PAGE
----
There are plenty of great reasons to hire you. You’re highly qualified, you know what you’re doing and any smart hiring manager will recognize your stand-out traits and immediately see you for the asset you are. You’ve studied hard and worked hard to get where you are, and you deserve the offer you’re looking for.
But if you’re like most of us, there are probably one or two reasons a hiring manager might hesitate, or at least ask a few probing questions, before shaking your hand and giving you a start date. So, what should you do about these issues? How can you be ready when these sensitive and potentially damaging subjects come up in an interview? Here are a few tips to keep in mind.
Know what they are.
You may be bothered by an issue from your past. Try to get out of your own shoes and see things through the eyes of your interviewer. If you lost a job in the past, you may know the circumstances weren’t your fault. But the interviewer doesn’t know this and may want to hear more. The same applies to a low grade point average, a multiyear gap in your resume, a run-in with the law or a period of incarceration, or a dishonorable discharge. If you have any of these in your record, expect to be asked about them and have your answer ready.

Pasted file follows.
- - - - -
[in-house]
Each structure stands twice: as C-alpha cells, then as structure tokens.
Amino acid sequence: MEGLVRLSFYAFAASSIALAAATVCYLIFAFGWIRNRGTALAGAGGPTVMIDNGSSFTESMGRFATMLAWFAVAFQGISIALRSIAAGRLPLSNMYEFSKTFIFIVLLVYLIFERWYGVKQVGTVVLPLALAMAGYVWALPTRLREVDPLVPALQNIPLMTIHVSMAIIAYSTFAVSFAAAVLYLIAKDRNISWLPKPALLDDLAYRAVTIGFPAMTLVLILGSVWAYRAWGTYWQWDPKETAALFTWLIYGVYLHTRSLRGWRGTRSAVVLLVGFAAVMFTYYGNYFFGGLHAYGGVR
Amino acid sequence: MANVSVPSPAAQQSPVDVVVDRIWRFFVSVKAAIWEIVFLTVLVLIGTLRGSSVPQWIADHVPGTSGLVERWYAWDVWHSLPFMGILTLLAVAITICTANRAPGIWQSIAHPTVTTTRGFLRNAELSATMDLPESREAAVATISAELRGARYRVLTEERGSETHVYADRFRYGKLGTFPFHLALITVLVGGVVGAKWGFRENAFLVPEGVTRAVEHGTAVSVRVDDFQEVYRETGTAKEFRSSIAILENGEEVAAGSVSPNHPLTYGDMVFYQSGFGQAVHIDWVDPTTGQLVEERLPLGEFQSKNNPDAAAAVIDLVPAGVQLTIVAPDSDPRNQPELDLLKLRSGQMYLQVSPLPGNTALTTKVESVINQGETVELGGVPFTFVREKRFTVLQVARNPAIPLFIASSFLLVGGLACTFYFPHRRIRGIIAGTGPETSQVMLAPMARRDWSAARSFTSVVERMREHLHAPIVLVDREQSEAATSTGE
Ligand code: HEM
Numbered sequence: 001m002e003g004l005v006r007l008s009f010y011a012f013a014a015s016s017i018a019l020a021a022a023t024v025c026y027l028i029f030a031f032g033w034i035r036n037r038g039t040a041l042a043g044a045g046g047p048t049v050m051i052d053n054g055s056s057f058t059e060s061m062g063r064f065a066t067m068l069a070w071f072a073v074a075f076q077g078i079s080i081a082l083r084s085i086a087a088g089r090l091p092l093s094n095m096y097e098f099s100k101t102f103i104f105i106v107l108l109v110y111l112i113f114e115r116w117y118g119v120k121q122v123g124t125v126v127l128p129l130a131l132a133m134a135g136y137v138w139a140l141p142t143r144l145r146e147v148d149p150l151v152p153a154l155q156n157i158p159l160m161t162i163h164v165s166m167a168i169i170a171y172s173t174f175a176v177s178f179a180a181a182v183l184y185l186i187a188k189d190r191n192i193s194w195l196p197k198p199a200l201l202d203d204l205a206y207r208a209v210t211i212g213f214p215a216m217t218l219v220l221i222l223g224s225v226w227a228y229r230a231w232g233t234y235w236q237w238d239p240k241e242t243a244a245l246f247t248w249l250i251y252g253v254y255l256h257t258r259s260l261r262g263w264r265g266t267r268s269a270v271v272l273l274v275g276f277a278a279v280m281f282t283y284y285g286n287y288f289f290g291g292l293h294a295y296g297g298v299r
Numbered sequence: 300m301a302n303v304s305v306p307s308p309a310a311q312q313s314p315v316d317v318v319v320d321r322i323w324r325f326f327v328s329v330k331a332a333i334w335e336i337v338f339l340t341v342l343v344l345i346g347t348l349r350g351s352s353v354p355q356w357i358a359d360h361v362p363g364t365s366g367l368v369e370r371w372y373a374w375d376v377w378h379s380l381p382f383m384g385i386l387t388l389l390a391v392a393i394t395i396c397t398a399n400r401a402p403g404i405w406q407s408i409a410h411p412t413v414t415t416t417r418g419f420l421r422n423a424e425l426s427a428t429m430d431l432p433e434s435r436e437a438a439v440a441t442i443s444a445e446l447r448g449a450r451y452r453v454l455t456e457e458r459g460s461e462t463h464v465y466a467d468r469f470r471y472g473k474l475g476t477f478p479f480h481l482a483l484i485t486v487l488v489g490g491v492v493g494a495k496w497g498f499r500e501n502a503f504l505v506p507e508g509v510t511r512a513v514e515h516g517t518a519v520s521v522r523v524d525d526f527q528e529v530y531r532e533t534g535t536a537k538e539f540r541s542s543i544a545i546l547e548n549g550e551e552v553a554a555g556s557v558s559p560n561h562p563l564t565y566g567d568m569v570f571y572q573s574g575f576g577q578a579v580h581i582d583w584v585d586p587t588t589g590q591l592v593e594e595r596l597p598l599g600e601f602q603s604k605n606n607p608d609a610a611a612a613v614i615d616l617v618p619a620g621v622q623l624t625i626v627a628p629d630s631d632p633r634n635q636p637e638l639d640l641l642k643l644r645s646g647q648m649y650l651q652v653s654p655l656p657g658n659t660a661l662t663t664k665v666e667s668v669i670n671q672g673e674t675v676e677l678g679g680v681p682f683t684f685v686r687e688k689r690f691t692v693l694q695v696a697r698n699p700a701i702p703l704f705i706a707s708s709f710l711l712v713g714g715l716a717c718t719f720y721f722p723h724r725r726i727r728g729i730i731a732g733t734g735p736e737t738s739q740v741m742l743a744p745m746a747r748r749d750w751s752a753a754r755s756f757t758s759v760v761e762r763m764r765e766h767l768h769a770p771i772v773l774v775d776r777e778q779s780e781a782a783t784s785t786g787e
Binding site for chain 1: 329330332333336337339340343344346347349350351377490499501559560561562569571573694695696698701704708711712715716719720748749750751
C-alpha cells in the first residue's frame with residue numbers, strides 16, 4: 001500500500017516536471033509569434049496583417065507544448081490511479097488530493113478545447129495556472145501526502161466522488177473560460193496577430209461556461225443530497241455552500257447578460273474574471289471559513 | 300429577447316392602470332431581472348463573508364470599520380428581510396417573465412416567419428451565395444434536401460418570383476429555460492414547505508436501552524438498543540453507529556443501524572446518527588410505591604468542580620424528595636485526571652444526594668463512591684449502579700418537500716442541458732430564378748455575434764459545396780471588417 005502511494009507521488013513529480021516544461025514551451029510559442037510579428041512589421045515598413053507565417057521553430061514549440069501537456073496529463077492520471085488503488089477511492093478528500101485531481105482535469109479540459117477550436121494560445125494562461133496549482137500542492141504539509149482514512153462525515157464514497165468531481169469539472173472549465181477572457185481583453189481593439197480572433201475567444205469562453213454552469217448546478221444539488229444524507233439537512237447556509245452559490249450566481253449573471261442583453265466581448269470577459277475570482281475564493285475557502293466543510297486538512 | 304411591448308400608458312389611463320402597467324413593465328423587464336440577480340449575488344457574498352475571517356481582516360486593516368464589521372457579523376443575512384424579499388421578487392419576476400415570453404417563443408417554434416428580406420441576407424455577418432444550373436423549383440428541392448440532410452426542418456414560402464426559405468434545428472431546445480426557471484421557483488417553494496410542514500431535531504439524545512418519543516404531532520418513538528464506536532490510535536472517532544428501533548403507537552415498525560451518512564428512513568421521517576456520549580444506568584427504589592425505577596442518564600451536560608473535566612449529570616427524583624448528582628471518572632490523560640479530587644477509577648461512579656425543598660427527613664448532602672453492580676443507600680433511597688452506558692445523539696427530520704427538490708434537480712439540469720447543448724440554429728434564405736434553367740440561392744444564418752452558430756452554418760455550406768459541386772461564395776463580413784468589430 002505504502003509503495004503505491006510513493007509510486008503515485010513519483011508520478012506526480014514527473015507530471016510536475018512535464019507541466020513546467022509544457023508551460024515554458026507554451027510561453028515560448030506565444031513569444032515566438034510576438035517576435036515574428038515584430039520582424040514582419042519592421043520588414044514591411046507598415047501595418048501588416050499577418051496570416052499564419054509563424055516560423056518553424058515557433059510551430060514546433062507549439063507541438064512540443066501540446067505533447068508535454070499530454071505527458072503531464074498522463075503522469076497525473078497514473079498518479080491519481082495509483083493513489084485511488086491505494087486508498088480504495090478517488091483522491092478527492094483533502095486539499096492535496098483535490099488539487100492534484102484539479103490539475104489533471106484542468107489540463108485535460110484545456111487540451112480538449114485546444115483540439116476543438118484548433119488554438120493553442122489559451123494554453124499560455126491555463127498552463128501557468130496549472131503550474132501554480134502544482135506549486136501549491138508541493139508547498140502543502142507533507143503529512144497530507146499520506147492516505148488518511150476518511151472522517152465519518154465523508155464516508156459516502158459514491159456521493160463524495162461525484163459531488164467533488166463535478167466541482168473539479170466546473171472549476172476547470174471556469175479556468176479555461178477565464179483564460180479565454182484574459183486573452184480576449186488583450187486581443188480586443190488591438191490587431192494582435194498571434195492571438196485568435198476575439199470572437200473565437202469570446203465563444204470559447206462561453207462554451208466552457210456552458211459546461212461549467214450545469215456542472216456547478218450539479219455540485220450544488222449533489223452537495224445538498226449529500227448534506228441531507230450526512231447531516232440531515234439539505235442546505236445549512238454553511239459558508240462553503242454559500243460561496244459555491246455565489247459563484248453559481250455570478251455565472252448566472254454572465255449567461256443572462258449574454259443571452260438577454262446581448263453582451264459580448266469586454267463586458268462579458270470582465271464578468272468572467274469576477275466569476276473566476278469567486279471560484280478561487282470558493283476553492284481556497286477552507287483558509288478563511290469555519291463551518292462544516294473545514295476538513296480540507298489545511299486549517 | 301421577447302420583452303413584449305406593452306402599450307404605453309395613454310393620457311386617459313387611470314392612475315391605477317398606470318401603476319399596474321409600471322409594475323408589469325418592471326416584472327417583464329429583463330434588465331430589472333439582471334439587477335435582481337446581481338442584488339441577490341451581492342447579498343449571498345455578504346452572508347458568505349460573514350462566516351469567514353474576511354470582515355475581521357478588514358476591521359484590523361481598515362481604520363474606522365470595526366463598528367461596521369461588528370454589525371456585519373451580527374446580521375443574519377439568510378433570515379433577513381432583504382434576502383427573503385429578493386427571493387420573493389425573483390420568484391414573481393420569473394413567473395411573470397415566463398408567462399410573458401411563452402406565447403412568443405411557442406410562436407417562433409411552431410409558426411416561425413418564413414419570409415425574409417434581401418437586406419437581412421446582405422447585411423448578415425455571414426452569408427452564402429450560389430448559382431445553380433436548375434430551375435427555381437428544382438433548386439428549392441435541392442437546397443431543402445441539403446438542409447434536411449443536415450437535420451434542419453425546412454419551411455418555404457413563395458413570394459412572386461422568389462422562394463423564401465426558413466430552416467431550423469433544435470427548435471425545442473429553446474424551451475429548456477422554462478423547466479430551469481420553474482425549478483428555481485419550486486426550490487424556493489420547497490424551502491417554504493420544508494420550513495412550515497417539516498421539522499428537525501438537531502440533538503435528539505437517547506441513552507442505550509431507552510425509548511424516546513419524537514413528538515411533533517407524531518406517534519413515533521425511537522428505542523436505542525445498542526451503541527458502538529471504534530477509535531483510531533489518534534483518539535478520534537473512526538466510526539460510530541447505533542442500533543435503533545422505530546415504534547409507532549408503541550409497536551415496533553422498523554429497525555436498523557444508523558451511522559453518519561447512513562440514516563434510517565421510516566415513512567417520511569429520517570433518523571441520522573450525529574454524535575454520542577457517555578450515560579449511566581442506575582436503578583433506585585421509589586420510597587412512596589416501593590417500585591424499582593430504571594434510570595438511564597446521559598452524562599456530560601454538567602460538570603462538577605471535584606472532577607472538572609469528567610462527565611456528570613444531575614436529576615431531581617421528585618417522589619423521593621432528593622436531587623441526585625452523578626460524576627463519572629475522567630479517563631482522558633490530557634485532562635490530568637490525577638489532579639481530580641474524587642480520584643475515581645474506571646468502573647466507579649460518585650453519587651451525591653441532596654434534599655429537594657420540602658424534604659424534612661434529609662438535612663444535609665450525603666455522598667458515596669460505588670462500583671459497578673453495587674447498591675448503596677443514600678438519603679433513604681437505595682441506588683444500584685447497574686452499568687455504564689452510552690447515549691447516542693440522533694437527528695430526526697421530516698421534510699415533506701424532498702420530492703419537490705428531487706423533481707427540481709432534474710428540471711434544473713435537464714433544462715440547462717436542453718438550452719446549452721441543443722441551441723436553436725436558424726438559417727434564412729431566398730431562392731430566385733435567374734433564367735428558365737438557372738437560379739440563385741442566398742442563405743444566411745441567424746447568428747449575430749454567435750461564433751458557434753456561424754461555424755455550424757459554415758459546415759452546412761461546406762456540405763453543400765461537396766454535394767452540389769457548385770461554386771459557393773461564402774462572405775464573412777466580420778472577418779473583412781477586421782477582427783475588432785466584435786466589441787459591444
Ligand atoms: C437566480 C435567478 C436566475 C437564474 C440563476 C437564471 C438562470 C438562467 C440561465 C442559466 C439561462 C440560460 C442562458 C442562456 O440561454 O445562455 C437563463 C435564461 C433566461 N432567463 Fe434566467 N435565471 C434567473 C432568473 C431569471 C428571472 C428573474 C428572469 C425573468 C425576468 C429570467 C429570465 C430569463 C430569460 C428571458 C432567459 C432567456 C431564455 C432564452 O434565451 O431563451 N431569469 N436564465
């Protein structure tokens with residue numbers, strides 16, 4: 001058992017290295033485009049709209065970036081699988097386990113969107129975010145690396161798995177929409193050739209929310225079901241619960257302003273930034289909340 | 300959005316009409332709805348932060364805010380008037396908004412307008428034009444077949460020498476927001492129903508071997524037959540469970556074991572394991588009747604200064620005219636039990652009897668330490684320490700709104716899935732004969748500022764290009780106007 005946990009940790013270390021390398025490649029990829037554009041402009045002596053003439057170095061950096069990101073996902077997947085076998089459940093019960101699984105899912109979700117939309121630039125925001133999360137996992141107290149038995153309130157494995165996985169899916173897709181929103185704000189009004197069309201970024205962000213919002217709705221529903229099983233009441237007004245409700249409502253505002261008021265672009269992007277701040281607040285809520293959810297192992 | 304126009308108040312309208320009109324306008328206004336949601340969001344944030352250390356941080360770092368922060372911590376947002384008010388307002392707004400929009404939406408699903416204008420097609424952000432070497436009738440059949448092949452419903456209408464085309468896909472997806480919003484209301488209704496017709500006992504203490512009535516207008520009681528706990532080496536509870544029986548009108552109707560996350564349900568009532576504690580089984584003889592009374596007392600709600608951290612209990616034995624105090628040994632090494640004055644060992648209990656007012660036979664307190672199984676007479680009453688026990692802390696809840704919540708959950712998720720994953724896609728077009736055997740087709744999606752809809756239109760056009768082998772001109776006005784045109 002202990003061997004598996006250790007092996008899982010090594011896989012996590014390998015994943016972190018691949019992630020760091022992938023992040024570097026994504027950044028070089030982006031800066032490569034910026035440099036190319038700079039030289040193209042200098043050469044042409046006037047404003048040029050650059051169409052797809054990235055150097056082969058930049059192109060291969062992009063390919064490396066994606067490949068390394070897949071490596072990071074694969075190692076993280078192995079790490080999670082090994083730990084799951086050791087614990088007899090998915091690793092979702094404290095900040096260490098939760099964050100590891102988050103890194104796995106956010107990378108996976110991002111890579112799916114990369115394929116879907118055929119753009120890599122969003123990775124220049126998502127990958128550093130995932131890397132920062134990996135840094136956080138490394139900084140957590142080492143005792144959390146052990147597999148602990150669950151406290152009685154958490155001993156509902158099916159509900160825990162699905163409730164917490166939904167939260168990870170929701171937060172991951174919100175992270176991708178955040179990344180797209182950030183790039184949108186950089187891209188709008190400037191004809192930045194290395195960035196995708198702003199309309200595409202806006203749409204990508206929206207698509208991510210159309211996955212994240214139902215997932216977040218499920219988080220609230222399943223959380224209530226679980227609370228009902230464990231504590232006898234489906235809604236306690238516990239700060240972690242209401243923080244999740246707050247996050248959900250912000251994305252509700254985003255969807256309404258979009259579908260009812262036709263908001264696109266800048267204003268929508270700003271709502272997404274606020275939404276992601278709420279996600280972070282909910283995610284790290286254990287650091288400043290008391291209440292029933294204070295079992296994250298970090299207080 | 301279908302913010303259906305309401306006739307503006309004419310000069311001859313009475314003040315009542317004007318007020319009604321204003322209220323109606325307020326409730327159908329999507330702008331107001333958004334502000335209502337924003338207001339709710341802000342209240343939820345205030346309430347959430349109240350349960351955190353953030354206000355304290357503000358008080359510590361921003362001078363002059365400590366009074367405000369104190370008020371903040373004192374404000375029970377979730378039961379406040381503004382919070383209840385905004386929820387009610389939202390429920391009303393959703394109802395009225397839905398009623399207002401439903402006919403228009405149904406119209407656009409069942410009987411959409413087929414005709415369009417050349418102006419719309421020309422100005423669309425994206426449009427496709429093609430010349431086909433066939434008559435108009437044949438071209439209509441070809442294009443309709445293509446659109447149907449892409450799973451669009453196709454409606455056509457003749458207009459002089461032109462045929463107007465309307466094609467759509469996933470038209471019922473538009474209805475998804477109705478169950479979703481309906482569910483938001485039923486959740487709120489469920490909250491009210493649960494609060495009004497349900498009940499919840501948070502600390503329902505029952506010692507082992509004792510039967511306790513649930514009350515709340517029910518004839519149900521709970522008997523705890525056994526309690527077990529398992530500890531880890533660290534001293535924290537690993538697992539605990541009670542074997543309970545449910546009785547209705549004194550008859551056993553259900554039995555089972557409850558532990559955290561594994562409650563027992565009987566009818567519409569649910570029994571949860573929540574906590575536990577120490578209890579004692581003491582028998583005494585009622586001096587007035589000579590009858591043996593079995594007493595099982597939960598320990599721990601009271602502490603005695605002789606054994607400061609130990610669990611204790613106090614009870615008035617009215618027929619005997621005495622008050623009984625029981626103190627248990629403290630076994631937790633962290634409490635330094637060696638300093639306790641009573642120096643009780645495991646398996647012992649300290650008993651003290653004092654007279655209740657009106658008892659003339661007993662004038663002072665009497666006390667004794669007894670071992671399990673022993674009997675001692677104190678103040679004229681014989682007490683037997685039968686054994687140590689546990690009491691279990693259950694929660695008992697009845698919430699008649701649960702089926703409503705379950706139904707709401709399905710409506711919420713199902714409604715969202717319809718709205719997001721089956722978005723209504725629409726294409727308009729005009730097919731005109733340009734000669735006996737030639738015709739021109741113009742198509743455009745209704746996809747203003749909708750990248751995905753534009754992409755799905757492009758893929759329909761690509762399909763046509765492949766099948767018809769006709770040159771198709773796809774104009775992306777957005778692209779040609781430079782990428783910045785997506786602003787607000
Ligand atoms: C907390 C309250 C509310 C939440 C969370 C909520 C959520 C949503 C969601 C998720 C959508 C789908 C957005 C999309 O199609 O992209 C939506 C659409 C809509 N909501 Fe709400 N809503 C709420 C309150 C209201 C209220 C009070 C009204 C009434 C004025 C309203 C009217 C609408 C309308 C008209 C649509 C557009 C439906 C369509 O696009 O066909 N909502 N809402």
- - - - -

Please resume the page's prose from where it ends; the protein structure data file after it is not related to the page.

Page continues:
Know your rights and protect your boundaries.
There are some things your employers are NOT allowed to ask, but they might anyway. If this happens, consider it a red flag and recognize you don’t have to answer. These include questions about a medical issue or disability, questions about your children and marital status, and questions about your nationality, sexual orientation or religion. These are off the table, and if they come up, change the subject (or end the interview).
Own your mistakes.
If you lost a major account and were dismissed from your job a few months later, you don’t have to connect these dots for your interviewer, and you don’t have to share anything that might incriminate you. All the same, it’s a good idea to show you can own your mistakes and learn from them. Instead of avoiding the subject, explain how the experience helped you grow as an employee and as a person.
Own (and love) your personality.
Personality and character are major concerns for most hiring managers, but these traits are very subjective, so if you allow any concerns to creep into the conversation, don’t expect to be given the benefit of the doubt. In other words, don’t incriminate yourself. Talk about your strengths, not your weaknesses.
For more on how to focus on the positive and push aside the negative during your interview, talk to the Milwaukee career management experts at Extension.